With or without an agreement, the economic crisis in Greece is far from over, and as it plays out it, will have political and economic ramifications across Europe writes Stratfor, the Texas-based global intelligence company.
Athens and its lenders still have a chance to negotiate a deal that could prevent a Greek default. For a disorderly default and an exit from the eurozone to occur, Greece would have to fail on several fronts: First, it would have to fail both to reach an agreement with its lenders and to repay its debt to the International Monetary Fund by the June 30 deadline. Then, it would also have to fail to reach a deal with creditors in early July and default on its debt payments to the European Central Bank due in the coming months.
At that point, Greek banks would stop receiving liquidity from the European Central Bank, savers would panic, and Athens would be forced to start printing some kind of currency. Greece would then either be suspended from membership in the eurozone or expelled completely. But regardless of the specific legal mechanism and language used in the process, the result would be the same: a Greek exit from the currency union before the end of the year.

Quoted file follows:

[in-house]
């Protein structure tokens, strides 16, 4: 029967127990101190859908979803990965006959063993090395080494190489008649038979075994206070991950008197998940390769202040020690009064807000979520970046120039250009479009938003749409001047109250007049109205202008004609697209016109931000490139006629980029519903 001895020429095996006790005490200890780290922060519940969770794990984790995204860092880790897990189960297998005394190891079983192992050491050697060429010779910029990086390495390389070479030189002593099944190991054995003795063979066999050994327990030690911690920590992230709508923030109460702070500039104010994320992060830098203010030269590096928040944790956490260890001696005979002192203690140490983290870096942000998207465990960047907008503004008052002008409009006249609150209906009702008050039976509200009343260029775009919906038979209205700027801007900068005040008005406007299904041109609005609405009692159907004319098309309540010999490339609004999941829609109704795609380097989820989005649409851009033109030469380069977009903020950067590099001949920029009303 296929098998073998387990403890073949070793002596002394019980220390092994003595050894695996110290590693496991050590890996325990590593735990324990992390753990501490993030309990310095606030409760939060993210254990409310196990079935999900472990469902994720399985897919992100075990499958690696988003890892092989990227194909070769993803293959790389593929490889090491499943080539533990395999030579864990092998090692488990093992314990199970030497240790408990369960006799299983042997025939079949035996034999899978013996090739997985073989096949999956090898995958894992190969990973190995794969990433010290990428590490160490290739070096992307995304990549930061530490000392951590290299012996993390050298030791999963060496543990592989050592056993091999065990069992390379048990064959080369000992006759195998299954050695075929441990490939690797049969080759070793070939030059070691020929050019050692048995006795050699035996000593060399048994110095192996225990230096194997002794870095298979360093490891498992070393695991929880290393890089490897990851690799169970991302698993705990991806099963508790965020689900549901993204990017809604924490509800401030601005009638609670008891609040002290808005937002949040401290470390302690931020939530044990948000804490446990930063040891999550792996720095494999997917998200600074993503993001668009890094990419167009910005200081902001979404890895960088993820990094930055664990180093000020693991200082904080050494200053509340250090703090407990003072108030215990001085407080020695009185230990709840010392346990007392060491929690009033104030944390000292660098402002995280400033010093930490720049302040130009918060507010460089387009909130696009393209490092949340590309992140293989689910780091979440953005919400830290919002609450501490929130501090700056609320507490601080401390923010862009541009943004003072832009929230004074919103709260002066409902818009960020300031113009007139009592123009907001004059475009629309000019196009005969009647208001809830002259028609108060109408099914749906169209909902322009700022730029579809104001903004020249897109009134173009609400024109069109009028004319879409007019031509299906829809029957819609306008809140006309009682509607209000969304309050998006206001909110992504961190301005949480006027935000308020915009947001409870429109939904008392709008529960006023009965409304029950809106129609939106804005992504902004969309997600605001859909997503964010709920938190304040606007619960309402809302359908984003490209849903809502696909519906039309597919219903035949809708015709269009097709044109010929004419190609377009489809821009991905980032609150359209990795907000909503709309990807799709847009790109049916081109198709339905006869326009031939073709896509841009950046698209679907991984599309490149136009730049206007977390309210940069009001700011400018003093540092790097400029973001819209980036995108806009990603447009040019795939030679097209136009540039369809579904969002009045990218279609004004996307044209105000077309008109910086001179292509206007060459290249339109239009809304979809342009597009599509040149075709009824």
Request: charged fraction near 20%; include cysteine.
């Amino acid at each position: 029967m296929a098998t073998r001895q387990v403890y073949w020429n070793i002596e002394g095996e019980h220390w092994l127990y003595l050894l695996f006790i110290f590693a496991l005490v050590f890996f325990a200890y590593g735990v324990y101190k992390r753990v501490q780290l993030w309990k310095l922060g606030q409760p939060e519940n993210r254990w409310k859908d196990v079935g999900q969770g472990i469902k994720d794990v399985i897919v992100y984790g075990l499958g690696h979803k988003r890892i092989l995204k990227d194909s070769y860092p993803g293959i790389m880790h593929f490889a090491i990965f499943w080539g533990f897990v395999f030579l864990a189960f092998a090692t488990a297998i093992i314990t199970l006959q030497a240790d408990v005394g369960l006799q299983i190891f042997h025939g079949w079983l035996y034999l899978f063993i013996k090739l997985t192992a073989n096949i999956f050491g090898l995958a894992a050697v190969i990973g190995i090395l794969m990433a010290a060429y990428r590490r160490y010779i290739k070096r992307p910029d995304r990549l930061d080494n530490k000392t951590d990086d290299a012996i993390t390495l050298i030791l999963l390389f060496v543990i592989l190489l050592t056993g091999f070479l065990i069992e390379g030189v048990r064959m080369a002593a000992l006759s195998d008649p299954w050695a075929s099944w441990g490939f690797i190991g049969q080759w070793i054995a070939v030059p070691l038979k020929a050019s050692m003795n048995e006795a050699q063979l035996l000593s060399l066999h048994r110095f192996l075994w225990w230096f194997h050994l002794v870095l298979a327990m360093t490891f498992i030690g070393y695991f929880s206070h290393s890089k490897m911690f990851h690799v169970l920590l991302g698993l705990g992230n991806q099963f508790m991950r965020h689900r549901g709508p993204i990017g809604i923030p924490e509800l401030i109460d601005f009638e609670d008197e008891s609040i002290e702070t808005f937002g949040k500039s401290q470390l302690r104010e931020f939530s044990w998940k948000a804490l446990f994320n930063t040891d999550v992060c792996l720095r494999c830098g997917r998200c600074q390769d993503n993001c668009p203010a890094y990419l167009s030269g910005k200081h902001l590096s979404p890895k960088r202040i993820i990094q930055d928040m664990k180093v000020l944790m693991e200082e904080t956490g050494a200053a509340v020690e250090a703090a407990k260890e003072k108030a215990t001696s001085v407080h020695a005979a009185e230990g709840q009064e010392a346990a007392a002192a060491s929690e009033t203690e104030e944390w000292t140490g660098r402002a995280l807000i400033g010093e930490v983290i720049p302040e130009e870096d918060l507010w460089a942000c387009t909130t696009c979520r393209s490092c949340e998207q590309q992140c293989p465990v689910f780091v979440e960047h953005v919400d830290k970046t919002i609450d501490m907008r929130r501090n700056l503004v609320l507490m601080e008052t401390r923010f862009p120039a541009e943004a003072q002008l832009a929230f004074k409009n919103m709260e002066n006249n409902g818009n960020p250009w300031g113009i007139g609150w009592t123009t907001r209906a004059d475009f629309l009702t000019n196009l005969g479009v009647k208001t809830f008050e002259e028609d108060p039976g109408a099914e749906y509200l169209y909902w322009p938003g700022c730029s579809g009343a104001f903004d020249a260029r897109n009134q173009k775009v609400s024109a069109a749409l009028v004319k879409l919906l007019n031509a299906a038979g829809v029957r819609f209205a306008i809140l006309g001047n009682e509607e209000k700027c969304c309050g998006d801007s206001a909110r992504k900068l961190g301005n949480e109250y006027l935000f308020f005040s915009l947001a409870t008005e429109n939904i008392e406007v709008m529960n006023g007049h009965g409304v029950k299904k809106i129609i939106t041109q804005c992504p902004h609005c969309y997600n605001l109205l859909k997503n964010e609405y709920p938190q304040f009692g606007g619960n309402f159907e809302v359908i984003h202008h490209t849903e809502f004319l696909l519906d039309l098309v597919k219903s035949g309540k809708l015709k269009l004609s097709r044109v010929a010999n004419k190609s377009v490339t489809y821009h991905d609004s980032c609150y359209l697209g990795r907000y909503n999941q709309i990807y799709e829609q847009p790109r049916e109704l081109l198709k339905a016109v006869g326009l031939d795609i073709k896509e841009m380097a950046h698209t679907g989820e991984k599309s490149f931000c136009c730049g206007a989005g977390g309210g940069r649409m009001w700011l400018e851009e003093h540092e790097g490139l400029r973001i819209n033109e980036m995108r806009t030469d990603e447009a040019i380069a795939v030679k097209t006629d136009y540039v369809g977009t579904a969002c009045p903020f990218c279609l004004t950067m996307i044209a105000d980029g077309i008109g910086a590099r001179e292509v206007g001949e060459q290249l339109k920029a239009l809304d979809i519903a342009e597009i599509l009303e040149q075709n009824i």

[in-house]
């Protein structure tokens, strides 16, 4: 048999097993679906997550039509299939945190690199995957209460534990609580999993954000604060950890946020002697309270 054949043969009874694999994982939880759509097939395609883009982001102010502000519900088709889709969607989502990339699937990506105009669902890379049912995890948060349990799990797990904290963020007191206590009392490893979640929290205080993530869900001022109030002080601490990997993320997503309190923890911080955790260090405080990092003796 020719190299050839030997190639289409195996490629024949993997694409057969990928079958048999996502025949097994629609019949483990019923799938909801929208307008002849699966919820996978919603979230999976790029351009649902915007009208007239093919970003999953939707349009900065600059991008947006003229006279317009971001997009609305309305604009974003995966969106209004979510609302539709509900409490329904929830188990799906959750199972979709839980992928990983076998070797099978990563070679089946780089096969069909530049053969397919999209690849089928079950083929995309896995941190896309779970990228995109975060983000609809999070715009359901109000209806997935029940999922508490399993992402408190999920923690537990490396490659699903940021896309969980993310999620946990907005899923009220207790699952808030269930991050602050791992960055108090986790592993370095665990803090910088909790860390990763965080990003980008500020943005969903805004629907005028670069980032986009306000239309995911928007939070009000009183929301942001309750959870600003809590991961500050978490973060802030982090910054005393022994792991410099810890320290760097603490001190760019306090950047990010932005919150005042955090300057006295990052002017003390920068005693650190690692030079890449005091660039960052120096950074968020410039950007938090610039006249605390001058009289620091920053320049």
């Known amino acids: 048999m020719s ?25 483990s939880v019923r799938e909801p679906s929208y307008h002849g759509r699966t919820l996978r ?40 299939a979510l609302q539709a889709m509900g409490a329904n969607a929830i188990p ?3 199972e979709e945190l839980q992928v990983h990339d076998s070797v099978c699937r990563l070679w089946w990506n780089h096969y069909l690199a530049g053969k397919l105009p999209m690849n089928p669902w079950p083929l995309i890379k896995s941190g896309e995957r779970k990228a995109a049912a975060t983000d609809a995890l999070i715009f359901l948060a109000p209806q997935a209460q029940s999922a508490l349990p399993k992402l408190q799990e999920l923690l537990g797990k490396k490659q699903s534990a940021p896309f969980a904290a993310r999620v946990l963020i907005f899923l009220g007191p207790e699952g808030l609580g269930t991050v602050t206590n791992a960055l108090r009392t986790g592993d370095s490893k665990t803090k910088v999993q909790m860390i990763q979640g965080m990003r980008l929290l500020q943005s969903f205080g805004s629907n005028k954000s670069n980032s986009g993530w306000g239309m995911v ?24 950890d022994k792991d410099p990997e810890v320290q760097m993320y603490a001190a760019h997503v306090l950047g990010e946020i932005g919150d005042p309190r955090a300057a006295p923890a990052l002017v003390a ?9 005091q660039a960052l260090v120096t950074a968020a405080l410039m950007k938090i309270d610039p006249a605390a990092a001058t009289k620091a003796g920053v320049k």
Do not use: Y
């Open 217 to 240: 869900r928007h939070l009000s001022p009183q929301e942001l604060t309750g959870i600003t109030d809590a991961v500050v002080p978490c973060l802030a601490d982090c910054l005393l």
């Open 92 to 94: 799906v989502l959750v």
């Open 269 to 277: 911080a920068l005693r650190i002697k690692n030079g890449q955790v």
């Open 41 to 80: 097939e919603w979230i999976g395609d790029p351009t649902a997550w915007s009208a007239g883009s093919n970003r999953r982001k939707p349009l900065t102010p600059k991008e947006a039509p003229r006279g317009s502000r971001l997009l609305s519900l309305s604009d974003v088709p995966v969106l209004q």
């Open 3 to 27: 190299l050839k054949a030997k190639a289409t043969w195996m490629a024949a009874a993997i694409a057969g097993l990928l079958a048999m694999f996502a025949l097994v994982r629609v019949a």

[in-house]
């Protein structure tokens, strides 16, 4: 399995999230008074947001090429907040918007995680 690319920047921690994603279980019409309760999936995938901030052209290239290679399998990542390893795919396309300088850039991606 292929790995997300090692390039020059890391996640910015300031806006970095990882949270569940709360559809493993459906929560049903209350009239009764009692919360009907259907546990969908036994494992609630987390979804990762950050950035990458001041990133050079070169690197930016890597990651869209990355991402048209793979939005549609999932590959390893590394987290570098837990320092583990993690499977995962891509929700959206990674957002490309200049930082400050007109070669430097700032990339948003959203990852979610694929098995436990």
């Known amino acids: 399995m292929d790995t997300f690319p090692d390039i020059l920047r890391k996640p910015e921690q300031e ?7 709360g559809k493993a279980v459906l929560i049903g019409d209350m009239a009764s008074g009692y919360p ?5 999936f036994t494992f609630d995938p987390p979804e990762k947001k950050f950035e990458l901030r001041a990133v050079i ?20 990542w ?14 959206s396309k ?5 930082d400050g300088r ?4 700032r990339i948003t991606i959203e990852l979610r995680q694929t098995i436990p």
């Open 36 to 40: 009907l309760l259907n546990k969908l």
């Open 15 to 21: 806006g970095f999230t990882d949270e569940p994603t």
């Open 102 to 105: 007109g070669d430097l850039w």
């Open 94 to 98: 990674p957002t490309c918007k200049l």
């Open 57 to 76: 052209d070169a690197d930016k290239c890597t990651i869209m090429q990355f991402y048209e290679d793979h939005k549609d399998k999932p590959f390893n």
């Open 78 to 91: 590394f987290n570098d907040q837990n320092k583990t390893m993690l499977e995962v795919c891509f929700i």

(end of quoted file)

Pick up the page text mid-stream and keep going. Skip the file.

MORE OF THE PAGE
This would be the most traumatic outcome for the European Union. Upon Greece’s exit from the eurozone, depositors might withdraw their savings from other potentially vulnerable eurozone members such as Portugal, Spain and Italy to avoid taking a hit should these countries also default on their payments. Investors might divert their money into the sovereign bonds of more solvent states such as Germany, the Netherlands and Austria, making it more difficult for countries in Europe’s periphery to find financing. For the past three years, the European Central Bank’s promise to protect the eurozone calmed financial markets. However, a disorderly Grexit could resurrect anxieties about the volatile financial situation in much of Mediterranean Europe.
Meanwhile, Greece’s exit would also stoke fears about the European Union’s potential dissolution, though perhaps not immediately. In the short run, a Grexit could actually lead to stronger support for the eurozone across Europe, as social unrest, high inflation, capital controls, and political fragility would beset Greece following a default. Voters in countries like Spain and Italy may deem a similar departure too risky. In the first months after Greece’s exit from the currency union, Eurosceptic parties such as Spain’s Podemos and Italy’s Northern League would likely lose some support.